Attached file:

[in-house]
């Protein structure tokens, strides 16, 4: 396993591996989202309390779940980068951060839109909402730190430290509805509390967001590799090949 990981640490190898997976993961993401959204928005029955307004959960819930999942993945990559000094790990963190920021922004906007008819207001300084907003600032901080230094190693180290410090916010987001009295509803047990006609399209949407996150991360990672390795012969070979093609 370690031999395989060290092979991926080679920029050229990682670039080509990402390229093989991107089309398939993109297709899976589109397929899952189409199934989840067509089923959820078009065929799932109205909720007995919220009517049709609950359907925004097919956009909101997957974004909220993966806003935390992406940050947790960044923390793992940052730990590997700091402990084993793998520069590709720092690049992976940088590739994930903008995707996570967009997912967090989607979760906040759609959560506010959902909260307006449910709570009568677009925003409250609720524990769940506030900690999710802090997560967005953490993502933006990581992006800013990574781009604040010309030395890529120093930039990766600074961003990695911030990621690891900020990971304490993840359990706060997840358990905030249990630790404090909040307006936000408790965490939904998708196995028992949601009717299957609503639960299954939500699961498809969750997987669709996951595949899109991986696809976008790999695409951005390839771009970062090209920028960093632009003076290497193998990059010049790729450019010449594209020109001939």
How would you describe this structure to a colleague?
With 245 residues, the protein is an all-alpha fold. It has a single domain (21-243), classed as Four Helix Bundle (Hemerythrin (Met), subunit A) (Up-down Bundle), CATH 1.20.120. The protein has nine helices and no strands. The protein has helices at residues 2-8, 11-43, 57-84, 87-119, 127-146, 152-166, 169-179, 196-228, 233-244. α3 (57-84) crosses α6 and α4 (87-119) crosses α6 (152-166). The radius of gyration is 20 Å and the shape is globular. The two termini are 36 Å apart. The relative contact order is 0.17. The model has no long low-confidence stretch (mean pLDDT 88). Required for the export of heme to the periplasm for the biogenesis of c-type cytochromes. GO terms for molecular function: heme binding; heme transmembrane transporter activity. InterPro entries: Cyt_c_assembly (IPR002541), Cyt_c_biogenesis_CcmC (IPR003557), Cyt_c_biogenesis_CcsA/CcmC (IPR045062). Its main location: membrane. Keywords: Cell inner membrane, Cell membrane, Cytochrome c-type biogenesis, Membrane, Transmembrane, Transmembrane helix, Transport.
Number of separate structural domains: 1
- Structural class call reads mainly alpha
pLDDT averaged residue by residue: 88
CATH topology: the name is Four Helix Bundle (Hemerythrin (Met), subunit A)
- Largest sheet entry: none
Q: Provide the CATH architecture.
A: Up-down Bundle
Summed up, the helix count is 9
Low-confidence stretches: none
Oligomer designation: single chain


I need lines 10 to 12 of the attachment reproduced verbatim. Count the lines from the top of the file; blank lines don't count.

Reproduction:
Q: Provide the CATH architecture.
A: Up-down Bundle
Summed up, the helix count is 9